Thursday, February 09, 2012

How the $110 million overdraft fee settlement went into JP Morgan Chase’s favor

Plaintiffs accused Chase and more than 30 other banks of processing customers' debit card transactions in a way to wrongfully maximize overdraft fees. Specifically, the banks processed debit card transactions not in the order in which customers conducted them but instead from the highest-to-lowest transaction balances; the change allegedly caused customers to drain their accounts quickly and maximized the overdraft fees assessed against them.

"Chase made enormous profits from overdraft charges, much of it taken from Chase's most vulnerable customers," the class action claims. The bank generated $500 million a year in post-tax income from high-to-low re-sequencing, according to Chase's own analysis.

As cover for its actions, plaintiffs allege, Chase falsely maintained that it had chosen high-to-low processing because consumers requested it. The opposite was true — Chase logged almost 10,000 complaints monthly about its overdraft fees and re-sequencing, according to internal records of complaints.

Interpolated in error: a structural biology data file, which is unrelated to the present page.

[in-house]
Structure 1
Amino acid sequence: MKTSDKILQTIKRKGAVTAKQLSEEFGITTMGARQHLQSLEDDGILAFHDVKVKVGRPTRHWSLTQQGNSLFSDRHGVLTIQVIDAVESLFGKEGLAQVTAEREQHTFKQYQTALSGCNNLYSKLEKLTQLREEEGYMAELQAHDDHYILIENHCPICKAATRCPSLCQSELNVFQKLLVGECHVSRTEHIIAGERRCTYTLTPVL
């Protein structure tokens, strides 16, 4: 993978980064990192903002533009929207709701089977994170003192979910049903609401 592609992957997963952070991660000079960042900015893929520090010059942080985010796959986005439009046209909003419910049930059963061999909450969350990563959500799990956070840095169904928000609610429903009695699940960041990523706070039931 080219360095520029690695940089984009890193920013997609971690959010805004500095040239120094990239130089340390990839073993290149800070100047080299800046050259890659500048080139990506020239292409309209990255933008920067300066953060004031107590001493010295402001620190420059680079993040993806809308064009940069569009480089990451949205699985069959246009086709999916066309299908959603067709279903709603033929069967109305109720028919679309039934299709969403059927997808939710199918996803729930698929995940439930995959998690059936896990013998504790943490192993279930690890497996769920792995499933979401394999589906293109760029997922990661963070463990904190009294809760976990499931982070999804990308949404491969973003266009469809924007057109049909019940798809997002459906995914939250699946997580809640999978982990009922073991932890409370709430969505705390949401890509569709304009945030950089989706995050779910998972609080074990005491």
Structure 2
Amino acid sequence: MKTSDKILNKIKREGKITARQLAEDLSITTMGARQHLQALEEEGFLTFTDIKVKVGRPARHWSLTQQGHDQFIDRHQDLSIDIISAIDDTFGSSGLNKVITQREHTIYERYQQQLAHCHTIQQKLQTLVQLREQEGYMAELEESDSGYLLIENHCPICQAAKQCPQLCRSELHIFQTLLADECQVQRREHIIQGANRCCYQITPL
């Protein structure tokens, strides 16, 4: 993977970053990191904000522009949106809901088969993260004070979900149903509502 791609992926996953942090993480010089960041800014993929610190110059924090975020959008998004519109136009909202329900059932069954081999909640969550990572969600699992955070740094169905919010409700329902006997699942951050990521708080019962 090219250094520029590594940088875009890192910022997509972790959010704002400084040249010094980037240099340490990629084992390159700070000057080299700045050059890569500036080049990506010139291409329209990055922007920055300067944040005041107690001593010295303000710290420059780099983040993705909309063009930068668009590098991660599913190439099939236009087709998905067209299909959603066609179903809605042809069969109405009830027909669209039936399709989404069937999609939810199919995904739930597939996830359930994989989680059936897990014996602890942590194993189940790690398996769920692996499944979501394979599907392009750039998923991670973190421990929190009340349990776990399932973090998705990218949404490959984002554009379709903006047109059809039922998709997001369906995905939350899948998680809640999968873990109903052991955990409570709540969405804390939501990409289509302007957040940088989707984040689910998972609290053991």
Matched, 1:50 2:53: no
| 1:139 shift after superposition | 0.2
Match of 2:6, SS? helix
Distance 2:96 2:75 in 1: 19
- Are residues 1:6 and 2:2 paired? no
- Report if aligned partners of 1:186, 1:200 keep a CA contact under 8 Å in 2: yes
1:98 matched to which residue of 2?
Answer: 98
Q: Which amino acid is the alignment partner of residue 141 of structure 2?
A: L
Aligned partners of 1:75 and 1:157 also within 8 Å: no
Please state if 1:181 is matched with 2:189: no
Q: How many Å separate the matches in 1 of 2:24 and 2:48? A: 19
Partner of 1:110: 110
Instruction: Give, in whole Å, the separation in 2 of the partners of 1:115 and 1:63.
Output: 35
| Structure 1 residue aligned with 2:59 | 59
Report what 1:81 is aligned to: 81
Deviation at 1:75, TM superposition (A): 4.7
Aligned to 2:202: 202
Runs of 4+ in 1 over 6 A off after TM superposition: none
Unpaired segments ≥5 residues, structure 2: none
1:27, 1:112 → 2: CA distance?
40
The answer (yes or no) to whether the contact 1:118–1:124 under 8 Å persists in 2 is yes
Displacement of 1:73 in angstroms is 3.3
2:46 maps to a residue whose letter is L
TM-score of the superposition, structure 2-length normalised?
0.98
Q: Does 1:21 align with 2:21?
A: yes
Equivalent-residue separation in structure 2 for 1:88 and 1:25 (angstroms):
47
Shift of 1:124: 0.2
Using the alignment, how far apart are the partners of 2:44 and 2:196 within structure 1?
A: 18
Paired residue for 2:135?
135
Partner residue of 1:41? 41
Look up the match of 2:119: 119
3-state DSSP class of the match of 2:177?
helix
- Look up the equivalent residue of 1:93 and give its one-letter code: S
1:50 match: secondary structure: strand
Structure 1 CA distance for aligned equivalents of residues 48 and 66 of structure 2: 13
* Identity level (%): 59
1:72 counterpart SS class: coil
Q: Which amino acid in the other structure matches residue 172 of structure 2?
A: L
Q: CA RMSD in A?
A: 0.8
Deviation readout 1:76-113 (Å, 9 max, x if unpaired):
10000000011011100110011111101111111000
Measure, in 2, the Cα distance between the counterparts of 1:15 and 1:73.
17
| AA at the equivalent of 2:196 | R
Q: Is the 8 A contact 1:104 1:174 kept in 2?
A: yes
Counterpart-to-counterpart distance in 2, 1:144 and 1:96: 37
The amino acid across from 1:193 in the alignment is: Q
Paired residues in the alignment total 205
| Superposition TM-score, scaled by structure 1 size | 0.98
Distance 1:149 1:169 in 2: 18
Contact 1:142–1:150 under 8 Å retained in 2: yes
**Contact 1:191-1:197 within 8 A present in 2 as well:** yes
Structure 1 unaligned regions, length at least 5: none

Chase's proposed settlement appears relatively favorable to the bank, given that the $110 offered is just 22% of its alleged earnings from wrongful overdraft fees. One factor that likely worked in Chase's favor was a mandatory arbitration clause in its consumer contracts. Judge King ruled that Chase had failed to assert its right to arbitration in a timely fashion, but the bank was in the process of appealing that ruling. A Chase victory in its appeal would likely have killed the class action entirely.

No comments: